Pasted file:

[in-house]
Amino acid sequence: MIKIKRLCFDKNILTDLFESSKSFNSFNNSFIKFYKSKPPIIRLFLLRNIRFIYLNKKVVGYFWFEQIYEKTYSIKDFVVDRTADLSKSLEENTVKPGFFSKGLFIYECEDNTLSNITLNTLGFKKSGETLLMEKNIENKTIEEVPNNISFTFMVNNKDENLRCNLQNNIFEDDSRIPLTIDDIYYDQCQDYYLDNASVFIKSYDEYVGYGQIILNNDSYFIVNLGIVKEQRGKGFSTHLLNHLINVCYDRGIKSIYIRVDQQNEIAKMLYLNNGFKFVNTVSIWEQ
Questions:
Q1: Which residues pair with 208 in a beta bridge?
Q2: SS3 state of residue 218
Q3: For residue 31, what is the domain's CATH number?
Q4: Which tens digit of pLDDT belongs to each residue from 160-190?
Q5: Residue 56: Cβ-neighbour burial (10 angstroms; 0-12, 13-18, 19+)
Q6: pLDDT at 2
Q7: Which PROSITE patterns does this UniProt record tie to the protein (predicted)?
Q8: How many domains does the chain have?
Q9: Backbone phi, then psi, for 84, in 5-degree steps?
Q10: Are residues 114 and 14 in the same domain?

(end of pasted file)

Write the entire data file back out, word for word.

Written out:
[in-house]
Amino acid sequence: MIKIKRLCFDKNILTDLFESSKSFNSFNNSFIKFYKSKPPIIRLFLLRNIRFIYLNKKVVGYFWFEQIYEKTYSIKDFVVDRTADLSKSLEENTVKPGFFSKGLFIYECEDNTLSNITLNTLGFKKSGETLLMEKNIENKTIEEVPNNISFTFMVNNKDENLRCNLQNNIFEDDSRIPLTIDDIYYDQCQDYYLDNASVFIKSYDEYVGYGQIILNNDSYFIVNLGIVKEQRGKGFSTHLLNHLINVCYDRGIKSIYIRVDQQNEIAKMLYLNNGFKFVNTVSIWEQ
Questions:
Q1: Which residues pair with 208 in a beta bridge?
Q2: SS3 state of residue 218
Q3: For residue 31, what is the domain's CATH number?
Q4: Which tens digit of pLDDT belongs to each residue from 160-190?
Q5: Residue 56: Cβ-neighbour burial (10 angstroms; 0-12, 13-18, 19+)
Q6: pLDDT at 2
Q7: Which PROSITE patterns does this UniProt record tie to the protein (predicted)?
Q8: How many domains does the chain have?
Q9: Backbone phi, then psi, for 84, in 5-degree steps?
Q10: Are residues 114 and 14 in the same domain?